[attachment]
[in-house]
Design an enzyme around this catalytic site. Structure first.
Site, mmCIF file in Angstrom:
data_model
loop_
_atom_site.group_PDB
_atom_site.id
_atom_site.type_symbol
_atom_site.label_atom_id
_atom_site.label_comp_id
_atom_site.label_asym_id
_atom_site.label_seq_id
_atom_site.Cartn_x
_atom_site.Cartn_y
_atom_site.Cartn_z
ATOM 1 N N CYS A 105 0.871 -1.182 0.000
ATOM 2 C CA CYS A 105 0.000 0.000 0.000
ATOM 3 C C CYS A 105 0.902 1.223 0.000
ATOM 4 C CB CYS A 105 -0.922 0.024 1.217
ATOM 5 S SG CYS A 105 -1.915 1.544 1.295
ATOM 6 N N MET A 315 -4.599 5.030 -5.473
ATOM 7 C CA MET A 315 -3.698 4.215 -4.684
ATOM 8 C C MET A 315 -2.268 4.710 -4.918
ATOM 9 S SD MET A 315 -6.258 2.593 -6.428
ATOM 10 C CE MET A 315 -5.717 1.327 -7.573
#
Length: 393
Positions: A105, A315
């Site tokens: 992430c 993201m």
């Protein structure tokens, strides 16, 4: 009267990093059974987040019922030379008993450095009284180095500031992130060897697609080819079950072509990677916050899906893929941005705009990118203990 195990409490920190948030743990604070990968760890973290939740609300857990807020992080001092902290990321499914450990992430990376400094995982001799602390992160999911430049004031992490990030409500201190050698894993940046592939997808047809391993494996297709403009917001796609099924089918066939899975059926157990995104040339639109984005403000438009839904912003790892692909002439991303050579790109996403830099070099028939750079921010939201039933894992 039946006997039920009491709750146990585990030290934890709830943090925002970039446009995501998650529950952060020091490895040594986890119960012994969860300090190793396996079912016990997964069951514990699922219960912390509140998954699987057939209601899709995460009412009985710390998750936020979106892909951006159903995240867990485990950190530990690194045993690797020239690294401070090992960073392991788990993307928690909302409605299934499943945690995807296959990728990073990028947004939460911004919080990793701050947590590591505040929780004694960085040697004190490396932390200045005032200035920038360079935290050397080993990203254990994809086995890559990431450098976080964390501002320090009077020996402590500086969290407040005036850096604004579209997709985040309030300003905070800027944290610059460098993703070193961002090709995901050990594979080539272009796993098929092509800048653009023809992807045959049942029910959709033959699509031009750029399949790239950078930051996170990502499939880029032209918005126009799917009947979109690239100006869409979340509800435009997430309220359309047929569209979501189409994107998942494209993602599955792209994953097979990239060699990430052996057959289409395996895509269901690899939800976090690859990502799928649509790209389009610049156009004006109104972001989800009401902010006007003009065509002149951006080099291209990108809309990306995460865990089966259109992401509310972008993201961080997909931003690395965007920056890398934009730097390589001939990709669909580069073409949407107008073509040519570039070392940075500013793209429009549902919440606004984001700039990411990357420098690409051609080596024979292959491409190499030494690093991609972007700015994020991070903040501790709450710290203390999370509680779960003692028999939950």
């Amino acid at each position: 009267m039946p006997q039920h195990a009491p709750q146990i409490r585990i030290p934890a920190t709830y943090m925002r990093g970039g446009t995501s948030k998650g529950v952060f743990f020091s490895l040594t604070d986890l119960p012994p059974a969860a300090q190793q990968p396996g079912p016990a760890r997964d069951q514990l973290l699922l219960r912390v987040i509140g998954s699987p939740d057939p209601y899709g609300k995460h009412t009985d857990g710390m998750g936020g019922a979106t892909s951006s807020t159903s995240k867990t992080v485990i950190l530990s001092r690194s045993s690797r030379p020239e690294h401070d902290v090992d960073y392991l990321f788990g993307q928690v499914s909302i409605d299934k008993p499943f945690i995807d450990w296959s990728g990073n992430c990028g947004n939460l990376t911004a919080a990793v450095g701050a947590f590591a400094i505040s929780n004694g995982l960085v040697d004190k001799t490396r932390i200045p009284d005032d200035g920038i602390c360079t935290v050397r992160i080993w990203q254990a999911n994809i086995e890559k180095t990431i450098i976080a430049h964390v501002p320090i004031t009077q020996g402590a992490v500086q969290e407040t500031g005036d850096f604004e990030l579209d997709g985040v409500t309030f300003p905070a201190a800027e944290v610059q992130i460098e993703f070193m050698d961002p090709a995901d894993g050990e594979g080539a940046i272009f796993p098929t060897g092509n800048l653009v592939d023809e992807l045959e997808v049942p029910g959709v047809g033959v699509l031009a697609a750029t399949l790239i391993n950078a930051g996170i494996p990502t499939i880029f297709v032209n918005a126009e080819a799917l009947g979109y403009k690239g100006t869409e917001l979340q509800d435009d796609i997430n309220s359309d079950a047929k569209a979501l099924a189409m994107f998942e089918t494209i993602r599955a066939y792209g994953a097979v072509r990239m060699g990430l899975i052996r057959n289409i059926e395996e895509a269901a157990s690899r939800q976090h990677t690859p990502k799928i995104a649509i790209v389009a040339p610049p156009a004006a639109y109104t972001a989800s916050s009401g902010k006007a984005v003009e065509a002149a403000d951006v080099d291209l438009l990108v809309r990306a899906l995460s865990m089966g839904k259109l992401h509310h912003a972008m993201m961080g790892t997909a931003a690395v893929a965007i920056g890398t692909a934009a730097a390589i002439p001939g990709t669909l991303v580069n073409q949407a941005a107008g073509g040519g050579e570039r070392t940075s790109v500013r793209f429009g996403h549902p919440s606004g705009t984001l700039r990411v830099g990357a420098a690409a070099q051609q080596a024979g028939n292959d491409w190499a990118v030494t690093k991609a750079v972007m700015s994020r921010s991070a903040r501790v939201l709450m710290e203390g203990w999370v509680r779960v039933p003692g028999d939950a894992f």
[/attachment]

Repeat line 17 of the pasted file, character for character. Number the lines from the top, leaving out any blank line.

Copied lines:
ATOM 2 C CA CYS A 105 0.000 0.000 0.000